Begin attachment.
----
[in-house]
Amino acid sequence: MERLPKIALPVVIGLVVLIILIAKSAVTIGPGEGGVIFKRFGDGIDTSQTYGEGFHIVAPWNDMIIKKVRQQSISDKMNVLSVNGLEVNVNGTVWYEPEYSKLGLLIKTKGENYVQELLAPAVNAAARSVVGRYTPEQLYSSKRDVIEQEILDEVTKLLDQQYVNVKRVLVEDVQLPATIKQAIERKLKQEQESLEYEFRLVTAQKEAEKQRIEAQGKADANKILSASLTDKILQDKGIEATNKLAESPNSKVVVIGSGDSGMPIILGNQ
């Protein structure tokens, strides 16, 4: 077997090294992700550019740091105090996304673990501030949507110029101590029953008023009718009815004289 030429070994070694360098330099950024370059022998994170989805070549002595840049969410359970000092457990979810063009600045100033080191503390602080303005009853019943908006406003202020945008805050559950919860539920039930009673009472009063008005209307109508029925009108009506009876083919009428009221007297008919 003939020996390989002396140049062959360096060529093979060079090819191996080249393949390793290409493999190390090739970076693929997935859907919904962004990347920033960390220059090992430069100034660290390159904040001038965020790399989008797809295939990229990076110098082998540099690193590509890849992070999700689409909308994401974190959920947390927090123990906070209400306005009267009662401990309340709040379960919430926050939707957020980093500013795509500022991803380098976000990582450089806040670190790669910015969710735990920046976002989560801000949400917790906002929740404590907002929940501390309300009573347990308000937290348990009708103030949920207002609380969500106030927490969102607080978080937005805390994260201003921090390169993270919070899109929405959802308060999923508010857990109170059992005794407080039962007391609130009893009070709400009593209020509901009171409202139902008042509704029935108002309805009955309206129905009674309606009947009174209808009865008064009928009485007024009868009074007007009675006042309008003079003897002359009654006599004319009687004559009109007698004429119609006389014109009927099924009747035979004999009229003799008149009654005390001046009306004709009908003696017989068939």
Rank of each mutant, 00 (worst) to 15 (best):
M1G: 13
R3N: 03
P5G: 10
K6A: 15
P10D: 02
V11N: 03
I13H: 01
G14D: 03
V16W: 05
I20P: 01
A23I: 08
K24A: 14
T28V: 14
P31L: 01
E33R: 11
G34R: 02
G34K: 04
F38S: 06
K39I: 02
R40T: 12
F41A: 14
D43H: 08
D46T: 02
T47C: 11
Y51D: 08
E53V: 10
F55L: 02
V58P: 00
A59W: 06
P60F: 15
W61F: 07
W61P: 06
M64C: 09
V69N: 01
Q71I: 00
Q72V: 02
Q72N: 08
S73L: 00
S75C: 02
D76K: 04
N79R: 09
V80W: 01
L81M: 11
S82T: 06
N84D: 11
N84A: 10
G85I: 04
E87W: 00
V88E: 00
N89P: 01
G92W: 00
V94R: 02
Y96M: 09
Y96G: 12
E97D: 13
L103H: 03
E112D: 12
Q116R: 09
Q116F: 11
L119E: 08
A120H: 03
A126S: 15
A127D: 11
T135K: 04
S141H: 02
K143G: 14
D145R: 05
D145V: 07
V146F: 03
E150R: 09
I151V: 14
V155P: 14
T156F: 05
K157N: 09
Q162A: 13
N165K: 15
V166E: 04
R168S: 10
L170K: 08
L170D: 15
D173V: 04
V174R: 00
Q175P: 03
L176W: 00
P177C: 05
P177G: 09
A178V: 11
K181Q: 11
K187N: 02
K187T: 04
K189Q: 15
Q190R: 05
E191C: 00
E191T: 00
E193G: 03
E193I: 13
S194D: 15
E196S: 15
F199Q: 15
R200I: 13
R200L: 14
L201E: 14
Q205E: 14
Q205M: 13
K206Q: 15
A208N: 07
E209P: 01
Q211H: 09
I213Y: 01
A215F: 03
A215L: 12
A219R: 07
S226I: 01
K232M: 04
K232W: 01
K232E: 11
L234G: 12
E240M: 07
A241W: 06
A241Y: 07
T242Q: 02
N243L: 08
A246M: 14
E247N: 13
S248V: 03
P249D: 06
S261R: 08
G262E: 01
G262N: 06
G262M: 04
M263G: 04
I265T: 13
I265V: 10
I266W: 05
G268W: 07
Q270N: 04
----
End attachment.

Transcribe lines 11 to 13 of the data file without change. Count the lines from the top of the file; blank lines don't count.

I13H: 01
G14D: 03
V16W: 05